Do you ever wonder how an airplane makes its way from the factory to the airport? Well, we found out recently when Cathay Pacific invited TravelSkills aboard the “delivery flight” of its fiftieth Boeing 777-300ER aircraft flying from the factory in Seattle to Hong Kong.
The sneak peek flight was a special experience for invited media, travel agents, and top Cathay customers to sample the carrier’s products while also witnessing an important milestone for both Cathay Pacific and Boeing.
With the largest fleet of 777s among Asian carriers (67 in total), and the second largest in the world (behind Emirates), Cathay Pacific is an important Boeing customer. In fact, Cathay Pacific launched its newest route from Hong Kong to Boston on the day after the delivery flight.
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All airlines handle their delivery flights differently, and Cathay wanted to make this a special occasion given this was their fiftieth 777-300ER. Also parked nearby during the ceremony was a Lufthansa Boeing 747-800 aircraft and a Turkish Airlines Boeing 777-300ER. Both planes were making their own delivery flights that day, but with decidedly less fanfare.
It was especially interesting to learn that new aircraft are delivered to airline customers almost daily, sometimes two or three per day. That’s why Boeing built this special Boeing Delivery Center building with two jet bridges, numerous meeting and banquet spaces, and a Boeing collectibles shop. The space is often the location for celebratory events, and full catering facilities are in place.
Before boarding, a Boeing executive thanked Cathay Pacific for a strong partnership over the years and spoke briefly to the crowd waiting to board the plane. With the giant Boeing 777-300ER in the background, Boeing gave Cathay executives a ceremonial key. More like a car or house key, the symbolic gesture signals the official ownership by the airline.
On the tarmac, all those that were traveling aboard the flight gathered around for a ribbon cutting ceremony. Most unique was that all received boarding passes with the city name “Boeing Paine Field” to Hong Kong.
With only about 50 passengers on board a plane designed for 330 people, the delivery flight was like having your own personal plane. Following a tarmac tour of the plane and plenty of photo opportunities, passengers went through a security check.
The Boeing Delivery Center is equipped with two short jet bridges making the experience similar to an airport, but far more festive.
Related: Sadly, 747s are flying away
All of us were seated in the herringbone-style business class cabin, which features enormous entertainment screens and flat-bed seating. The back of the plane was empty, almost eerie to see, but everyone was free to wander around the aircraft at any time.
Cathay has had strong success with its new premium economy cabin, and after testing it out, it is clear why. The recline is almost double that of the standard economy seat, and since it is situated in its own mini cabin behind business class, it seems quieter and more intimate.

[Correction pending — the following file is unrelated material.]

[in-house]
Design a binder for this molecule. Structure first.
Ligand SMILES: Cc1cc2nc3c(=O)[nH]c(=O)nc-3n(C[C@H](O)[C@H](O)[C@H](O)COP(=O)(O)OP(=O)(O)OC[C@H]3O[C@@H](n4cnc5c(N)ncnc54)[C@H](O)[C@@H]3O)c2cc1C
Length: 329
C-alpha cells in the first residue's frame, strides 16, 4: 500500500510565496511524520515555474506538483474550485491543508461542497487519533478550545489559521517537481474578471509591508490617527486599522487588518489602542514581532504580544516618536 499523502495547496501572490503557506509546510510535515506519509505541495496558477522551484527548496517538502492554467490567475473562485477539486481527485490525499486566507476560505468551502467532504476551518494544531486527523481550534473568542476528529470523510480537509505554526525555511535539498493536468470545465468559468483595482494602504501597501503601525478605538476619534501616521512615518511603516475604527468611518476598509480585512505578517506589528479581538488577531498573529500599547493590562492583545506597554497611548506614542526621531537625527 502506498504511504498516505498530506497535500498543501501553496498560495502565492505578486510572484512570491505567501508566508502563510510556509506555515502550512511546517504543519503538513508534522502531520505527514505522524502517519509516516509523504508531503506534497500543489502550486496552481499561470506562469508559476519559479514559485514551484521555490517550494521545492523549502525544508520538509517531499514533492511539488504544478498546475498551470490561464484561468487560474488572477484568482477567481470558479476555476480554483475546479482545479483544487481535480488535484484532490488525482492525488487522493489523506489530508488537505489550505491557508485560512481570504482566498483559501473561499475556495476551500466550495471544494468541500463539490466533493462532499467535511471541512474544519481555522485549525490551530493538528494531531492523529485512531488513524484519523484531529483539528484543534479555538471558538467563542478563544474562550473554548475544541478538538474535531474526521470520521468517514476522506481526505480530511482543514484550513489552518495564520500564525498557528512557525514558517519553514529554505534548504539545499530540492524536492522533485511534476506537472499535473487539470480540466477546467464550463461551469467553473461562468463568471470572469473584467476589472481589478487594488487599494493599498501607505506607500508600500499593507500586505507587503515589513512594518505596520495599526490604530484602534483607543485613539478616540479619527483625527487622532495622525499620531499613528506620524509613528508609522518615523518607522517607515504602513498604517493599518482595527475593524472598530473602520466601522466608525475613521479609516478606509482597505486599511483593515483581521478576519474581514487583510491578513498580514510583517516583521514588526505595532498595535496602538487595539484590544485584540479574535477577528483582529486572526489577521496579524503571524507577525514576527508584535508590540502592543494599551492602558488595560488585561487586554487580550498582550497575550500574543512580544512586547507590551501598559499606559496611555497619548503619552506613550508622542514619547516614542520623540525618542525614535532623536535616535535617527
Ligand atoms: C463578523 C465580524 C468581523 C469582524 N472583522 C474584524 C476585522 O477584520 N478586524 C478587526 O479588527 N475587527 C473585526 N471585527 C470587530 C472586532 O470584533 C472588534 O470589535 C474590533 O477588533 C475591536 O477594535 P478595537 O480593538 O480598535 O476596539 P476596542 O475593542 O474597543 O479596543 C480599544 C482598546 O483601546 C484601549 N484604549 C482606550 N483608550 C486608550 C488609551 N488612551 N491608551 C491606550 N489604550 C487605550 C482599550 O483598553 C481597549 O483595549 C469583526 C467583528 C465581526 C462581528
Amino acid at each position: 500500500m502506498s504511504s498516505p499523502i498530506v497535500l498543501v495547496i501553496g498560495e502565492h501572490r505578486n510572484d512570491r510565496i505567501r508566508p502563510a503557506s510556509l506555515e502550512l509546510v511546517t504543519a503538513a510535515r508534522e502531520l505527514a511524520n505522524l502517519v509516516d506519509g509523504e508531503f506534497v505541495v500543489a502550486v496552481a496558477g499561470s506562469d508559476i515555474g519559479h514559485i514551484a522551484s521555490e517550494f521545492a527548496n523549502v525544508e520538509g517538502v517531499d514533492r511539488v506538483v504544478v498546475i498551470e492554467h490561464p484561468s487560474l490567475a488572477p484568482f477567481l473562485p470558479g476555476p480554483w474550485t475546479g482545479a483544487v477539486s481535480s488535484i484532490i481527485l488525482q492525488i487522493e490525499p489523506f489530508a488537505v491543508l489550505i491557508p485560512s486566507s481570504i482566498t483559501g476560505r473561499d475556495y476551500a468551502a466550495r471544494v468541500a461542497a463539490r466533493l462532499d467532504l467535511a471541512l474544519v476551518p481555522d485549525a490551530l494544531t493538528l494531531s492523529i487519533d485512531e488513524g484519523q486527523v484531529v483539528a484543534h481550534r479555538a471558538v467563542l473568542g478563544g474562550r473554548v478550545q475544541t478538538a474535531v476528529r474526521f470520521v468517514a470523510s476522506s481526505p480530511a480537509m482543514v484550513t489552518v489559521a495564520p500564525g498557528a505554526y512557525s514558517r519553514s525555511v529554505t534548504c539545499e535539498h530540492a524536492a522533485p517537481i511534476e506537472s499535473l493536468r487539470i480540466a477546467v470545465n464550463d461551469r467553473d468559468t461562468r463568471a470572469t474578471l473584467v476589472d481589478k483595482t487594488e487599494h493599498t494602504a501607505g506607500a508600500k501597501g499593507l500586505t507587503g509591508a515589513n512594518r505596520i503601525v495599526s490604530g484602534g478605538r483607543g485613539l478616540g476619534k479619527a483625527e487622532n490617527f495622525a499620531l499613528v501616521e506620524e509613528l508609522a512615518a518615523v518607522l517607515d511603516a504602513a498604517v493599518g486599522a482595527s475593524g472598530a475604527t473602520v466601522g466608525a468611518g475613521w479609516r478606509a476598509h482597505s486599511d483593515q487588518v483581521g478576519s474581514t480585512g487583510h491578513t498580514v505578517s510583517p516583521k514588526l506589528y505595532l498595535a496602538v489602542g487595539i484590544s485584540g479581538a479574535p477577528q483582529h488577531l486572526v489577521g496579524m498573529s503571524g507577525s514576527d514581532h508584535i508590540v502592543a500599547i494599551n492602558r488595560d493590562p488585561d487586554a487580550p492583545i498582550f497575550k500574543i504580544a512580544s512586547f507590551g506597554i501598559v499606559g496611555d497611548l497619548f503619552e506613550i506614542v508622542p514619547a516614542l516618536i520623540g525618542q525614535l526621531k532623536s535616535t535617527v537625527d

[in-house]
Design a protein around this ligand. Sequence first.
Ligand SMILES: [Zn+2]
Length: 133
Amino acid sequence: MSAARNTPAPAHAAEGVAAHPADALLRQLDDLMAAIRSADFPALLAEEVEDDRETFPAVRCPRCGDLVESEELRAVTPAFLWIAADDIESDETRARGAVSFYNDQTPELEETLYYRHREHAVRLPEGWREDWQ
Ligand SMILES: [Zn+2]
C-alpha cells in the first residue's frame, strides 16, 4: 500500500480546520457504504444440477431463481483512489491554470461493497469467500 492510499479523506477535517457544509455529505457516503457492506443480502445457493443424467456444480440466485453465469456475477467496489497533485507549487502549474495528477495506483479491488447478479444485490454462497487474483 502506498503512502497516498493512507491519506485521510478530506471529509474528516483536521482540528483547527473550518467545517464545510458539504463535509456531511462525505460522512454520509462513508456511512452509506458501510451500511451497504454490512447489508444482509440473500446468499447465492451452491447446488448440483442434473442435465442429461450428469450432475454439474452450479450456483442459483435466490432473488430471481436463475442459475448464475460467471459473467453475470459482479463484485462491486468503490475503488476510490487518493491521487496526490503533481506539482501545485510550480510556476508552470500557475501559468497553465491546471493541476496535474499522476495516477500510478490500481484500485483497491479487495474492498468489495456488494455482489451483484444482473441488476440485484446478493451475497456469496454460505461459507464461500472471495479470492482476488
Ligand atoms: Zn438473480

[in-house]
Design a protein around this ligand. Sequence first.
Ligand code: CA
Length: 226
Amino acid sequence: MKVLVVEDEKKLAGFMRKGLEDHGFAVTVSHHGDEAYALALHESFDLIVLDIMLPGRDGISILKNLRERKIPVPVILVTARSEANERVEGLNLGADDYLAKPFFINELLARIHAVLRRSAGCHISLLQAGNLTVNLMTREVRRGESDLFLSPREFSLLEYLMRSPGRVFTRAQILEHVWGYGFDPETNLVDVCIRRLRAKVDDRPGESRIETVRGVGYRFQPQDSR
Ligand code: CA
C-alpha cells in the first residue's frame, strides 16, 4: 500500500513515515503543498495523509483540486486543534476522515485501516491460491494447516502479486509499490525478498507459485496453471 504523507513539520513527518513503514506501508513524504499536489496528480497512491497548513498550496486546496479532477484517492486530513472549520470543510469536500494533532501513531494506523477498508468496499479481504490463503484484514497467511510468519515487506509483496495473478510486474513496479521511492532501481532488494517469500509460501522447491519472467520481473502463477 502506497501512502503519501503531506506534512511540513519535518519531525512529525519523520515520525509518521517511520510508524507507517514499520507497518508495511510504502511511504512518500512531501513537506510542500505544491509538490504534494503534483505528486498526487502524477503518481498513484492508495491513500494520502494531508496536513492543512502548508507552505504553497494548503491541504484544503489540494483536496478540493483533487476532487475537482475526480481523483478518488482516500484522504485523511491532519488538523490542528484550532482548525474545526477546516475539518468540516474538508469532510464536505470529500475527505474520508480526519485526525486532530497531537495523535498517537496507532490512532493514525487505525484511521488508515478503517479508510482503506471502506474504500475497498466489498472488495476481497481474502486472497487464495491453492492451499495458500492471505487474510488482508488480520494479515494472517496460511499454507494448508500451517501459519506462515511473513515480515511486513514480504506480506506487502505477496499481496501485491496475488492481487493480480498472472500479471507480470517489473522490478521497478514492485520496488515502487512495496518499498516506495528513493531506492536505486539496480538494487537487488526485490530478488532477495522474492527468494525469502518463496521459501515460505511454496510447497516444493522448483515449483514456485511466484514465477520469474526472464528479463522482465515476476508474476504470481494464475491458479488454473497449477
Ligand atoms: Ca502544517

Other than the free reign that travelers had on board, everything else was standard procedure. The safety video played as the aircraft taxied to the runway with Boeing employees standing on either side of the taxiway to wave goodbye.
Cabin crew, specially selected to work this important flight, were as gracious and hospitable as can be. And that is not easy on a flight like this one where passengers spend hours wandering up and down the aisles, enjoying cocktails and wine while chatting with other passengers, and poking around all parts of the plane in exploration.
Many passengers donned Cathay’s pajamas distributed prior to take off, which was a special treat since they are typically reserved only for first class passengers.
Cathay began the first meal service with cocktails delivered from a two-tier cart and warm cashews. This is followed with an appetizer and salad tray. The main course is served from the same two-tier cart with all of the options on display. This is a really nice way to allow passengers to choose their meal since they can see what everything looks like before ordering. A cheese and fruit course follows with cordials and chocolates.
Throughout the flight, snacks were available from the menu, and two hours before landing another hot meal was served. Many passengers enjoyed themselves so much that the 13-hour flight passed too quickly– with only a few frequent naps and snacks in between.
Since this was a special experience, Cathay allowed us into the cockpit during flight to chat with the pilots and get a birds-eye view of the Pacific Ocean on this mostly daytime flight. Photos were not allowed, but on landing, passengers were permitted to snap photos of the crew bunks. They are located in the back of the plane up a steep climb of stairs. Having to duck down to pass through the narrow corridor, there are nearly a dozen bunks with curtains for privacy.
Upon arrival in Hong Kong our shiny new 777 pulled up to a standard gate on arrival, and passengers deplaned like any commercial flight.
Cathay Pacific really impressed us with the detail they took to make this iconic delivery a special experience for everyone involved.
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